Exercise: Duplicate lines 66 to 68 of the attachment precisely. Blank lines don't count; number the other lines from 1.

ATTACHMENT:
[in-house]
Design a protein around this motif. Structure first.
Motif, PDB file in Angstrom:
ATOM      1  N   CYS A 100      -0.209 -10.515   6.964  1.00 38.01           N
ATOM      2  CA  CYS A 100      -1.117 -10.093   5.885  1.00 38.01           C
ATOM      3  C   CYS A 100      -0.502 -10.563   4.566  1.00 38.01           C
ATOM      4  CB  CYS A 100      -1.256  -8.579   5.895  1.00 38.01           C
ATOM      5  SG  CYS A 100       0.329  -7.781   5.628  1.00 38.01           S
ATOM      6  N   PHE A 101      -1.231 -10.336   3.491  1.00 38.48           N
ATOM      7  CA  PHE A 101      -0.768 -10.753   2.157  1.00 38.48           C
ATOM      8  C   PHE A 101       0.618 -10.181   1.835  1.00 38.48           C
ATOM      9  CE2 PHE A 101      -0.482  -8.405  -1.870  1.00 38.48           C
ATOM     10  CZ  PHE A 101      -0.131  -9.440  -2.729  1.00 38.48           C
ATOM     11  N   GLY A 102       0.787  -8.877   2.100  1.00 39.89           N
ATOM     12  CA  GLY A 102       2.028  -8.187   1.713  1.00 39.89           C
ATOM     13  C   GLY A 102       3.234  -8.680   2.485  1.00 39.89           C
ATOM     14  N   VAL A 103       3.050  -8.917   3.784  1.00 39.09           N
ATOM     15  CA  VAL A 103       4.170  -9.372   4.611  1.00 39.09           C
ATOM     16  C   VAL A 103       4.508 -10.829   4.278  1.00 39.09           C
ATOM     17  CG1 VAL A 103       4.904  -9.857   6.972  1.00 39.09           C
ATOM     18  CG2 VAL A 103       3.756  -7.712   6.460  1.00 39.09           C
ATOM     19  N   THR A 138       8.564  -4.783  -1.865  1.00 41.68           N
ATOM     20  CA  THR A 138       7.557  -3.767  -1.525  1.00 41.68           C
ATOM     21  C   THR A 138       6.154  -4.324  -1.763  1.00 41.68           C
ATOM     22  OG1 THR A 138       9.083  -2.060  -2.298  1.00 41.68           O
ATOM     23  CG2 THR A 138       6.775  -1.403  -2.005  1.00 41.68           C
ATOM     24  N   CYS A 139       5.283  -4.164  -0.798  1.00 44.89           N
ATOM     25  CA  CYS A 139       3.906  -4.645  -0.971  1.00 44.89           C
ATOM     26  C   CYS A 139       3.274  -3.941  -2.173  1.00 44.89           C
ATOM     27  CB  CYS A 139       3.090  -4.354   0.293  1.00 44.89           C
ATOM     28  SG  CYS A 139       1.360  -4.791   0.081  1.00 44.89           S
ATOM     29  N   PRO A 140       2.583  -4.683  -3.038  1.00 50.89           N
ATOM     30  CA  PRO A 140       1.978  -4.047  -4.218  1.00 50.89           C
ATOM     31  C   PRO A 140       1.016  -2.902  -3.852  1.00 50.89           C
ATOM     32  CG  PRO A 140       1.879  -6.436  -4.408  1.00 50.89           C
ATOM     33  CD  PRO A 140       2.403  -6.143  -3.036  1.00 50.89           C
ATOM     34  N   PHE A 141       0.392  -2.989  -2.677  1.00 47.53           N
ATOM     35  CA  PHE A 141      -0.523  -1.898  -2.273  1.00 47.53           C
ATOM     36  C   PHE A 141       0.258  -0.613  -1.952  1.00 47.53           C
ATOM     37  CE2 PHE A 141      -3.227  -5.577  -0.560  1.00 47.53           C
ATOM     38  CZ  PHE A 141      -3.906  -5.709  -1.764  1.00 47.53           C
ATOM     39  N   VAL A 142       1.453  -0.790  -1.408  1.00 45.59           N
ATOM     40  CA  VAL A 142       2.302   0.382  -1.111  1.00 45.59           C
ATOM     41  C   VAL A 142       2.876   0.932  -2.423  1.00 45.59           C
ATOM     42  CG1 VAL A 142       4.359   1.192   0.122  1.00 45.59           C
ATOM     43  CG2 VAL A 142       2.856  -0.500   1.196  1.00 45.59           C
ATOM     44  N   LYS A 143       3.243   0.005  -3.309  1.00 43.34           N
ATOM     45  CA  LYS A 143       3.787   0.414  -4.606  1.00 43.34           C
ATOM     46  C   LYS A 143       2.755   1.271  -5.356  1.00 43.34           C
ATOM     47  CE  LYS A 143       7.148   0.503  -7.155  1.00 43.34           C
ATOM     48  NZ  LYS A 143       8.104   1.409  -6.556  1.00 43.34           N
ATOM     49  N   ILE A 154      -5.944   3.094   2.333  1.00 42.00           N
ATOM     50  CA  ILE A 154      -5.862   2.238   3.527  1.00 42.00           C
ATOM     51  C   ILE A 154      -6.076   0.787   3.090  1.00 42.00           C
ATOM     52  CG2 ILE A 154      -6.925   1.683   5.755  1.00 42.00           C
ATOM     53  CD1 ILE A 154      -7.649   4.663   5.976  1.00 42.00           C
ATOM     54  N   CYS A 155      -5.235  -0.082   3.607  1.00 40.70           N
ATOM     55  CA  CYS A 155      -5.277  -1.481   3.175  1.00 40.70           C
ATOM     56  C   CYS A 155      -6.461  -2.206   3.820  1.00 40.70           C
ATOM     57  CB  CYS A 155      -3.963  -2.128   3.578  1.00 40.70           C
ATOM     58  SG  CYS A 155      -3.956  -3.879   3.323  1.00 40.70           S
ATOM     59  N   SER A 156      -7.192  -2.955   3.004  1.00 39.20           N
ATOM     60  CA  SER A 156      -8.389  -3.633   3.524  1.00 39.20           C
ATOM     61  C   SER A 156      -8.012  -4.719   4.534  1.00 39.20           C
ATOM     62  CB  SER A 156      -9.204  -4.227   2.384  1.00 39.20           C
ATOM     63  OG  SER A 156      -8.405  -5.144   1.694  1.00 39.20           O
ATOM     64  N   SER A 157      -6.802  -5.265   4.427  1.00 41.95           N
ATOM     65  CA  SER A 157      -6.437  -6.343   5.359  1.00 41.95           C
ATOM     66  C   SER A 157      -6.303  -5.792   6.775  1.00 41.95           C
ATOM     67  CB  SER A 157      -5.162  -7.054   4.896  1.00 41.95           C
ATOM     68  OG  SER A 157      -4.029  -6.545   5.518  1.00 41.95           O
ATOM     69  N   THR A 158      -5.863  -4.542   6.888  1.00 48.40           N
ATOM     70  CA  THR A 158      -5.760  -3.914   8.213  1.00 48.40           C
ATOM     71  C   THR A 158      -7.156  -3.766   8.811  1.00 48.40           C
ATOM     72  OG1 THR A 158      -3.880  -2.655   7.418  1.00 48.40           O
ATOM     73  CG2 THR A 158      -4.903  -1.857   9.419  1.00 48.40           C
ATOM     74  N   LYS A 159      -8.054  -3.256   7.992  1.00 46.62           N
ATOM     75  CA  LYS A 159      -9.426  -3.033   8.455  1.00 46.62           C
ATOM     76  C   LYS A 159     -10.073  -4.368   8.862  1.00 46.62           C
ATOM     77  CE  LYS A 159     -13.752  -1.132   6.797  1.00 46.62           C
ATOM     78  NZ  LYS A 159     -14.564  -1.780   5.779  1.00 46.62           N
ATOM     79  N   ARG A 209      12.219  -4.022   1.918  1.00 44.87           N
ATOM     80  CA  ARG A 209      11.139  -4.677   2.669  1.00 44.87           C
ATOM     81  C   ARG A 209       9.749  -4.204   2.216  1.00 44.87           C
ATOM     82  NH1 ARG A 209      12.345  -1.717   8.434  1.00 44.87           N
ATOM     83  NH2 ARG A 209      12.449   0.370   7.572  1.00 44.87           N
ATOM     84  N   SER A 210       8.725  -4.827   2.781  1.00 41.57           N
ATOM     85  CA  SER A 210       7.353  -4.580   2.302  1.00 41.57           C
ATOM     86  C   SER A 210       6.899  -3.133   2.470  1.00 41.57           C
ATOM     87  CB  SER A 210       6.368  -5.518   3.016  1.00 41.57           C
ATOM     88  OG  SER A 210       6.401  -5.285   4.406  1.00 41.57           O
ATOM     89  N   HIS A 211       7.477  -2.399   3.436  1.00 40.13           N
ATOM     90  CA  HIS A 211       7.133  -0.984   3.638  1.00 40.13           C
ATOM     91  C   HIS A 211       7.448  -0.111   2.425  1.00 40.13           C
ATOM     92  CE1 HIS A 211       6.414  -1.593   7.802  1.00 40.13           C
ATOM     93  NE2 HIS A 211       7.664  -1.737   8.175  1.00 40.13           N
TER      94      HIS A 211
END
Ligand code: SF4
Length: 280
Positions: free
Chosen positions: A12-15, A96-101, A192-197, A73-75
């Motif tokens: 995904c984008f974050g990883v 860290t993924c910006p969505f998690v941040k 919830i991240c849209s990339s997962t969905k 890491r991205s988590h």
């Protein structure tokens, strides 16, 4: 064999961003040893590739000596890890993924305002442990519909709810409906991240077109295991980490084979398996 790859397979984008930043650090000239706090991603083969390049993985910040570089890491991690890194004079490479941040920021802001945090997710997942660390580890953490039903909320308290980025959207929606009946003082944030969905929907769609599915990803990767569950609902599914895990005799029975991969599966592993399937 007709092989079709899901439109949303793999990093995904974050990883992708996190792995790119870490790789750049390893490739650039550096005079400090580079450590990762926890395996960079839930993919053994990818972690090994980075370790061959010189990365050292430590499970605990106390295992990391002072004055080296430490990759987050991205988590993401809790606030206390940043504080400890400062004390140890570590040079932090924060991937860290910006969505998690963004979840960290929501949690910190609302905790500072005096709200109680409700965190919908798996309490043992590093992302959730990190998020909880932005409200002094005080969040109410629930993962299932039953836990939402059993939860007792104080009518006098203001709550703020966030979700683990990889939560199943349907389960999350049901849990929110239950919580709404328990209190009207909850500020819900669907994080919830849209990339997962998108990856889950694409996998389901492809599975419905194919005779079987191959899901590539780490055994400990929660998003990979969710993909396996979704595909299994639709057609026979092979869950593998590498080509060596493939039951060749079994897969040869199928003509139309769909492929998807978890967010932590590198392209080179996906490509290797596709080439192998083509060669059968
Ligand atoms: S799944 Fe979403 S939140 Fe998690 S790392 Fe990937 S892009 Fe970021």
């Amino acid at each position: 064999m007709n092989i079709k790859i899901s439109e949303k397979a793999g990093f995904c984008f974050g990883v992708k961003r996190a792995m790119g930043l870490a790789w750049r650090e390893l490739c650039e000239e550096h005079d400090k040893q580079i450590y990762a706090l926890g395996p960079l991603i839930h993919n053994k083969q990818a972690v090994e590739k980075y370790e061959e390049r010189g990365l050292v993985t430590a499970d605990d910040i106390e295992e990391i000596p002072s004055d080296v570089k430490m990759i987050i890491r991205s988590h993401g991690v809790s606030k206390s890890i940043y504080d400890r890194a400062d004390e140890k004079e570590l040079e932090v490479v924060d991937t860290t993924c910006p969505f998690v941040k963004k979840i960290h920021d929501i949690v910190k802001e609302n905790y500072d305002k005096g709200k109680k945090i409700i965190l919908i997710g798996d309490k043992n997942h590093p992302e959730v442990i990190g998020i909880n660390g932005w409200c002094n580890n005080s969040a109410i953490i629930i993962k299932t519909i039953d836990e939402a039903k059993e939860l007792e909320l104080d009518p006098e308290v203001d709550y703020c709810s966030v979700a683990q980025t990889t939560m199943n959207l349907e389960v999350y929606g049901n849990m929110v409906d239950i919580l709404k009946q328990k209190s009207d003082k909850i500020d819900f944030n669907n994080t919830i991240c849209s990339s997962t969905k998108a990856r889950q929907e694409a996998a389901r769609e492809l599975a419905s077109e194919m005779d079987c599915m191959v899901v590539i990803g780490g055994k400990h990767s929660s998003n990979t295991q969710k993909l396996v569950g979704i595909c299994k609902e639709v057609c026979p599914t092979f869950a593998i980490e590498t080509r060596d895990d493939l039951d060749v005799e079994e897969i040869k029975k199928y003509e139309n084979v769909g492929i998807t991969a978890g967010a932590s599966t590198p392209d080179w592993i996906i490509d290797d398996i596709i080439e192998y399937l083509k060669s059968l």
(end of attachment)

ATOM     63  OG  SER A 156      -8.405  -5.144   1.694  1.00 39.20           O
ATOM     64  N   SER A 157      -6.802  -5.265   4.427  1.00 41.95           N
ATOM     65  CA  SER A 157      -6.437  -6.343   5.359  1.00 41.95           C